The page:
The controversial 390 million-rupee deal between some investors/directors at The Finance Co (TFC) and state-owned National Savings Bank (NSB) is set to be reversed this week, informed sources said.
This follows a meeting the Securities and Exchange Commission (SEC) has had with directors of Taprobane Securities, on Thursday, Tushara Jayaratne, Assistant Director External Relations, SEC told the Business Times. “Currently we are discussing with the broker concerned on how to resolve this issue. Nothing (concrete) has been decided up to now,” he added.
The sources said that Fitch Ratings, which last September affirmed its long term AAA Fitch Ratings for the 9th consecutive year, was also reviewing the developments in the context of the new risk element faced by the bank. However Fitch officials declined to comment other than say they are waiting for further developments next week.
Two of the sellers Dinal Wijemanne and ABC Radio Group chairman Raynor Silva are directors of TFC. Mr Wijemanne is also CEO of Taprobane Securities which was both the buying and selling broker of the 13 % stake which has triggered a major row as NSB bought it at a premium – Rs 50 per share against the market price of Rs 30-31 per share.
With the heat on and the President ordering the NSB to cancel the transaction, the sources said that the four sellers of the TFC’s 13% have agreed to buy back the share at the same Rs 50 per share price. High networth investor Yoga Perera, a well-known motor car dealer and his brother were the other two sellers. Anura Fernando, a former tea trader and independent director at TFC, also sold shares later.
“They have made an application to the SEC for sanction to buy back the shares from NSB and they are awaiting a response,” a source told the Business Times. He said that the SEC will explain whether it will be an on or off-the-floor transaction once they grant approval for the buy back.
SEC has also launched a probe into possible insider dealing in the transaction and SEC officials on May 4 visited the premises of Taprobane Securities and took into possession some documents and data relating to their investigations, Mr Jayaratne said.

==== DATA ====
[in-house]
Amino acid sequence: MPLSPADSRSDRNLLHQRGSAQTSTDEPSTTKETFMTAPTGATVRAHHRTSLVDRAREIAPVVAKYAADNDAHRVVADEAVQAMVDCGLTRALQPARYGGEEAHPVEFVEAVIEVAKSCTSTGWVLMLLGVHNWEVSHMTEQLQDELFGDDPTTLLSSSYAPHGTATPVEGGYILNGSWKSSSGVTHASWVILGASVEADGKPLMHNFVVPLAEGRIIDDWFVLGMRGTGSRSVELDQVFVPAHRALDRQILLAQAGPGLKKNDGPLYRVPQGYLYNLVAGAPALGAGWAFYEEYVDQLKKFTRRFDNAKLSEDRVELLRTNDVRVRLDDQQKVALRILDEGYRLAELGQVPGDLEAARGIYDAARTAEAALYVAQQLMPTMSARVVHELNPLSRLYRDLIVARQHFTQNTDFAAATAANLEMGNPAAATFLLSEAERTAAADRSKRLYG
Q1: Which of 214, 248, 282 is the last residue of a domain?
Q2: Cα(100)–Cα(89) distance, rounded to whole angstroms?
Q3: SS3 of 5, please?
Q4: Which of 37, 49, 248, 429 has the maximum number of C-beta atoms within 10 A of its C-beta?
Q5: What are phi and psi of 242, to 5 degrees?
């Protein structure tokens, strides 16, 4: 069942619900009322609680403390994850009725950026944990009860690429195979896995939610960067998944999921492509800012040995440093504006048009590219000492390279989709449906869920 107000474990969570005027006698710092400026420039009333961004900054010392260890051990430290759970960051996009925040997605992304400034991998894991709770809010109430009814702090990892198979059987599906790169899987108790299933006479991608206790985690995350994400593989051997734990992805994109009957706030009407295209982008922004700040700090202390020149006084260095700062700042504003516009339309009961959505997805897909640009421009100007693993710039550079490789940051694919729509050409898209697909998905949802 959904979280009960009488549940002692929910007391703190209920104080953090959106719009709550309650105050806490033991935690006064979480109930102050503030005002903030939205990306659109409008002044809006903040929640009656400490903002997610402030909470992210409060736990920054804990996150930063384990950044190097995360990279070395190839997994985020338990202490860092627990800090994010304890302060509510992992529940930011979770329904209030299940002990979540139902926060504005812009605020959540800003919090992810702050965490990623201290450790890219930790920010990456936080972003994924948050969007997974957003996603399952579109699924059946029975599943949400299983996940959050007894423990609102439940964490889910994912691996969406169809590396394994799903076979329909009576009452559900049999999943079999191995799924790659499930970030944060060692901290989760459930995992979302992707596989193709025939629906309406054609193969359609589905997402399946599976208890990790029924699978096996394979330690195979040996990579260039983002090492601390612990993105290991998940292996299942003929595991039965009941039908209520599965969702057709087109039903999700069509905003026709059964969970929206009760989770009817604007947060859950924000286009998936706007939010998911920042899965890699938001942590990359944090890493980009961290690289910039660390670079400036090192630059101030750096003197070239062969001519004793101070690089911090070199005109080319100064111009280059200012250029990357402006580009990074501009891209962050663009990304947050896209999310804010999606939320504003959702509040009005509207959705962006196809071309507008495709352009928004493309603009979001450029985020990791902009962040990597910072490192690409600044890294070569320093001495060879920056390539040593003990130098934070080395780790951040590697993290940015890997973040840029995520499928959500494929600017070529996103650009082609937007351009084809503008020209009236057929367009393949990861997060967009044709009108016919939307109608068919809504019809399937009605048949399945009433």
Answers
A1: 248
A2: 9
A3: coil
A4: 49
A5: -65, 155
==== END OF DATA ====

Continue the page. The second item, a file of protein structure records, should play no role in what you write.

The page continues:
While the loss-making deal has been slammed by many sections of the market, traders accused the settlement bank, Sampath Bank, of delaying payments to Taprobane Securities over other transactions.
“In one instance, Rs 50 million cash owed to Taprobane Securities (as a seller of stock) was delayed by Sampath probably hoping to recover the Rs 390 million through such an exercise,” one source said. Sampath Bank is yet to receive the Rs 390 million from the NSB.
An advertisement by the NSB on Thursday that ran on all newspapers explaining the role of the bank in the transaction raised more questions than clearing the air over the deal.
The same statement was uploaded on NSB’s intranet for all staff to access. Bank branches have been fielding many questions on credibility issues by depositors and the security of their deposits.
The statement said: “The bank received an invitation from a stock broker to purchase voting shares in March 2012. Since the bank had already carried out a detailed analysis in January 2011, the Board Sub-committee on Corporate Lending and Equity Investment decided to re-look at the investment from a strategic initiative point of view with further analysis. Having done a further analysis a favourable consideration was given to purchase voting shares of TFC amounting to 10%-15%.
However, since the Board was of the view that benefits of this investment is not as strong enough to proceed with, a decision was taken not to make the payment, due on this transaction.”
Traders asked why the committee or the board didn’t make this assessment before deciding to go ahead with the transaction and then suspending payment. “This creates serious problem in the market because anyone can take a decision to buy and just before payment is due, say they are not interested. The other question is why Sampath Bank settled the sellers without waiting for the custodian bank to settle,” one trader asked.